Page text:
Zaha Hadid Architects has been chosen to build a major new concert venue in Yekaterinburg, Russia, following an international design competition
The AJ100 practice saw off nearly 50 other firms to land the commission for the Sverdlovsk Philharmonic concert hall, which will become the home for the Ural Philharmonic Orchestra.
Italian-based Alvisi Kirimoto + Partners came second in the contest, while Hungary’s Robert Gutowski Architects was third.
The scheme, featuring a 1,600-seat concert hall and a 400-seat chamber music hall, will sit between the existing city’s 1936 Civic Assembly Building, the orchestra’s current base, and the Weiner Gardens, and will overlook a new public plaza.
The project is backed by Sverdlovsk Region’s Ministry of Construction and Infrastructure Development.
Zaha Hadid Architects project director Christos Passas said: ‘Russia has been a formative influence on Zaha Hadid Architects’ creative work.
From very early on Zaha was attracted to the Russian avant-garde
‘From very early in her career, Zaha was attracted to the Russian avant-garde, who conceived civic spaces as urban condensers that catalyse a public realm of activity to enrich creativity and community; allowing space itself to enhance our understanding and well-being. These principles are embedded within the design of the new Sverdlovsk Philharmonic Concert Hall.’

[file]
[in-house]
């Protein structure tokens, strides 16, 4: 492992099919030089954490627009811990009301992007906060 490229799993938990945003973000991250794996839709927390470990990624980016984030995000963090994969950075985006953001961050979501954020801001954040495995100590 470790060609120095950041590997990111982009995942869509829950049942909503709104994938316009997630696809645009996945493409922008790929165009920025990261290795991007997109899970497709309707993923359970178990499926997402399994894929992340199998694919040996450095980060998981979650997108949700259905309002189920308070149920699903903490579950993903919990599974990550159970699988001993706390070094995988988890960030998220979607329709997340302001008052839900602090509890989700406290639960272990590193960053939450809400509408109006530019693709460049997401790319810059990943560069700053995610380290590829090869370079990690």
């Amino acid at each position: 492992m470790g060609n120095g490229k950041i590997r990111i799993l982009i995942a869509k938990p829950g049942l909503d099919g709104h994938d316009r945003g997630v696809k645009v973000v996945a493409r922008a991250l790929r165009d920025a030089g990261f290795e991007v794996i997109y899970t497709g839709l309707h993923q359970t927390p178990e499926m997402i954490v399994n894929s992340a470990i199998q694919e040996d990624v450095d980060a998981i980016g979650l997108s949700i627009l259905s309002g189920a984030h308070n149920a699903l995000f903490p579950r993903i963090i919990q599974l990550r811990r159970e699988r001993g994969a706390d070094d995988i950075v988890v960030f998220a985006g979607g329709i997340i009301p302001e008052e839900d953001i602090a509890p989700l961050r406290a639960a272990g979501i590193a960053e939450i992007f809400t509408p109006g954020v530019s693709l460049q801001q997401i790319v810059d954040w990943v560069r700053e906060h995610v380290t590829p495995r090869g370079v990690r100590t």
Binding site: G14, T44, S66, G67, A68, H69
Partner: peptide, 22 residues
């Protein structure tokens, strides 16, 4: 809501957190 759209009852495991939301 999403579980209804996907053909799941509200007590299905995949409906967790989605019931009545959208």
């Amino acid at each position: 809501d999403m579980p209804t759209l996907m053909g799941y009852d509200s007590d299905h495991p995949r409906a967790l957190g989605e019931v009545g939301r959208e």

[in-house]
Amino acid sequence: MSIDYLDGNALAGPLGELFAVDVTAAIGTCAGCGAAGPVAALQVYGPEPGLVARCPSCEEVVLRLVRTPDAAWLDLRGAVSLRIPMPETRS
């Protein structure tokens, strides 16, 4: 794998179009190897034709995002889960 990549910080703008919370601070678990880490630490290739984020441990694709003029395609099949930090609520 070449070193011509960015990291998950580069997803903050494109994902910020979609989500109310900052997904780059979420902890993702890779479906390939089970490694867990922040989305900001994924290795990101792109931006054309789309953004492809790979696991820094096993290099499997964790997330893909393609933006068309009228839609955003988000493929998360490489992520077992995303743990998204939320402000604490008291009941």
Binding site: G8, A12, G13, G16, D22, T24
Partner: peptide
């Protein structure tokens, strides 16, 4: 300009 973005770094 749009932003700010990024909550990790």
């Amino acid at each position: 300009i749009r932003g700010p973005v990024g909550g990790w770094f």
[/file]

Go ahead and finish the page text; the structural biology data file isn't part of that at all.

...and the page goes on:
Artistic director and principal conductor of the Ural Philharmonic Orchestra Dmitry Liss, a member of the competition jury, described the design as ‘a musical instrument that brings the sound to life’.
The scheme has been designed to mirror the ‘physical aspects of sound waves’.
The project’s timescale is not yet known.
08 zha sverdlovsk philharmonic concert hall weiner gardens render by va
Considered the capital of the Urals, the city of Yekaterinburg is Russia’s third largest economy. Its population has increased by over 10 per cent in the past decade to 1.5 million and continues to grow as the primary hub and meeting point connecting east and west, Europe and Asia; attracting the many cultures, talents and industries from across Eurasia.
Yekaterinburg has built a rich musical tradition and established its reputation as a cultural and artistic centre. The city’s acclaimed Ural Philharmonic Orchestra has performed in more than 20 countries and collaborates with renowned artists worldwide. The orchestra cultivates aspiring young talent and has as its foundation a dedicated, passionate and growing society of music lovers in Yekaterinburg and around the world.
Performing to full houses all year round in the existing Sverdlovsk Philharmonic building that dates from 1936, the orchestra’s new home will provide an inspirational venue to meet the increasing popularity of the orchestra’s programme of concerts – and also create a new public plaza for the people of the city.
The design is based on the properties of sound resonance creating wave vibrations in a continuous smooth surface